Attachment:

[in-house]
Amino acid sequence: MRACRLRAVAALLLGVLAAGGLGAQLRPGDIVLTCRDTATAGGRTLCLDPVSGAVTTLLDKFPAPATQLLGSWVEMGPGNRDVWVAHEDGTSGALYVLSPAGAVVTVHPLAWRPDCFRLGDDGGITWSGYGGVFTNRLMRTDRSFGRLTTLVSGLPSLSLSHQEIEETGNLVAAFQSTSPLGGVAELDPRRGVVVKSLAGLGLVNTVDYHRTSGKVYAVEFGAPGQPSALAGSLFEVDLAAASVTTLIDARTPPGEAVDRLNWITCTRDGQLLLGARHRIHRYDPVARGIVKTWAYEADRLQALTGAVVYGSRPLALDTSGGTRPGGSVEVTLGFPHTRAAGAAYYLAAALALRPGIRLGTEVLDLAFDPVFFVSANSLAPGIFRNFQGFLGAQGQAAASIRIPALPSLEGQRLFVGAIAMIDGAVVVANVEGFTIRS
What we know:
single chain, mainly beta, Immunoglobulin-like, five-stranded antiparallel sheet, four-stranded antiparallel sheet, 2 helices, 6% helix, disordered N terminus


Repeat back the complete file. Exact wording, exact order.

[in-house]
Amino acid sequence: MRACRLRAVAALLLGVLAAGGLGAQLRPGDIVLTCRDTATAGGRTLCLDPVSGAVTTLLDKFPAPATQLLGSWVEMGPGNRDVWVAHEDGTSGALYVLSPAGAVVTVHPLAWRPDCFRLGDDGGITWSGYGGVFTNRLMRTDRSFGRLTTLVSGLPSLSLSHQEIEETGNLVAAFQSTSPLGGVAELDPRRGVVVKSLAGLGLVNTVDYHRTSGKVYAVEFGAPGQPSALAGSLFEVDLAAASVTTLIDARTPPGEAVDRLNWITCTRDGQLLLGARHRIHRYDPVARGIVKTWAYEADRLQALTGAVVYGSRPLALDTSGGTRPGGSVEVTLGFPHTRAAGAAYYLAAALALRPGIRLGTEVLDLAFDPVFFVSANSLAPGIFRNFQGFLGAQGQAAASIRIPALPSLEGQRLFVGAIAMIDGAVVVANVEGFTIRS
What we know:
single chain, mainly beta, Immunoglobulin-like, five-stranded antiparallel sheet, four-stranded antiparallel sheet, 2 helices, 6% helix, disordered N terminus